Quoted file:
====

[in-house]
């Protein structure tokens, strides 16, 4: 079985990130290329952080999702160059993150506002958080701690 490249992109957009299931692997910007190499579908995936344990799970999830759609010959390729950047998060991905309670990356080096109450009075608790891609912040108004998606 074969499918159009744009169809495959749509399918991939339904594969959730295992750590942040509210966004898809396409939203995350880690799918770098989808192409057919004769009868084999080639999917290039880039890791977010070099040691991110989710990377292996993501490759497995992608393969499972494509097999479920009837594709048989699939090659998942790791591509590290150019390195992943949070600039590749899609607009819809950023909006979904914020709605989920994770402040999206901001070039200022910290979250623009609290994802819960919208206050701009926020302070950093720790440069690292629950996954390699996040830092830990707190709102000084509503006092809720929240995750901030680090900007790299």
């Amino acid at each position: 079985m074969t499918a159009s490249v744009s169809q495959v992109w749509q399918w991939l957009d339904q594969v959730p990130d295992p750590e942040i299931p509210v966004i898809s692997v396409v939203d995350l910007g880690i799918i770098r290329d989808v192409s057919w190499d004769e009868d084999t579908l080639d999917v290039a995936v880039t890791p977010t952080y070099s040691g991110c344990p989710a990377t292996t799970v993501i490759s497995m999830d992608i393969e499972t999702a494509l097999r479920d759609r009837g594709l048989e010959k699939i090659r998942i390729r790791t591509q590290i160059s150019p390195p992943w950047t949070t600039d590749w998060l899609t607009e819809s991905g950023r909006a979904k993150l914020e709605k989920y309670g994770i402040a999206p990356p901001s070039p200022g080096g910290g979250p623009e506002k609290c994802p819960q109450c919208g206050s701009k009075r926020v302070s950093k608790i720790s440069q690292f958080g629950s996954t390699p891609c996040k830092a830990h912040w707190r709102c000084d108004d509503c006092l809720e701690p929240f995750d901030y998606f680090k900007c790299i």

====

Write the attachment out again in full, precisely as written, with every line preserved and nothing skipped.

[in-house]
């Protein structure tokens, strides 16, 4: 079985990130290329952080999702160059993150506002958080701690 490249992109957009299931692997910007190499579908995936344990799970999830759609010959390729950047998060991905309670990356080096109450009075608790891609912040108004998606 074969499918159009744009169809495959749509399918991939339904594969959730295992750590942040509210966004898809396409939203995350880690799918770098989808192409057919004769009868084999080639999917290039880039890791977010070099040691991110989710990377292996993501490759497995992608393969499972494509097999479920009837594709048989699939090659998942790791591509590290150019390195992943949070600039590749899609607009819809950023909006979904914020709605989920994770402040999206901001070039200022910290979250623009609290994802819960919208206050701009926020302070950093720790440069690292629950996954390699996040830092830990707190709102000084509503006092809720929240995750901030680090900007790299």
């Amino acid at each position: 079985m074969t499918a159009s490249v744009s169809q495959v992109w749509q399918w991939l957009d339904q594969v959730p990130d295992p750590e942040i299931p509210v966004i898809s692997v396409v939203d995350l910007g880690i799918i770098r290329d989808v192409s057919w190499d004769e009868d084999t579908l080639d999917v290039a995936v880039t890791p977010t952080y070099s040691g991110c344990p989710a990377t292996t799970v993501i490759s497995m999830d992608i393969e499972t999702a494509l097999r479920d759609r009837g594709l048989e010959k699939i090659r998942i390729r790791t591509q590290i160059s150019p390195p992943w950047t949070t600039d590749w998060l899609t607009e819809s991905g950023r909006a979904k993150l914020e709605k989920y309670g994770i402040a999206p990356p901001s070039p200022g080096g910290g979250p623009e506002k609290c994802p819960q109450c919208g206050s701009k009075r926020v302070s950093k608790i720790s440069q690292f958080g629950s996954t390699p891609c996040k830092a830990h912040w707190r709102c000084d108004d509503c006092l809720e701690p929240f995750d901030y998606f680090k900007c790299i």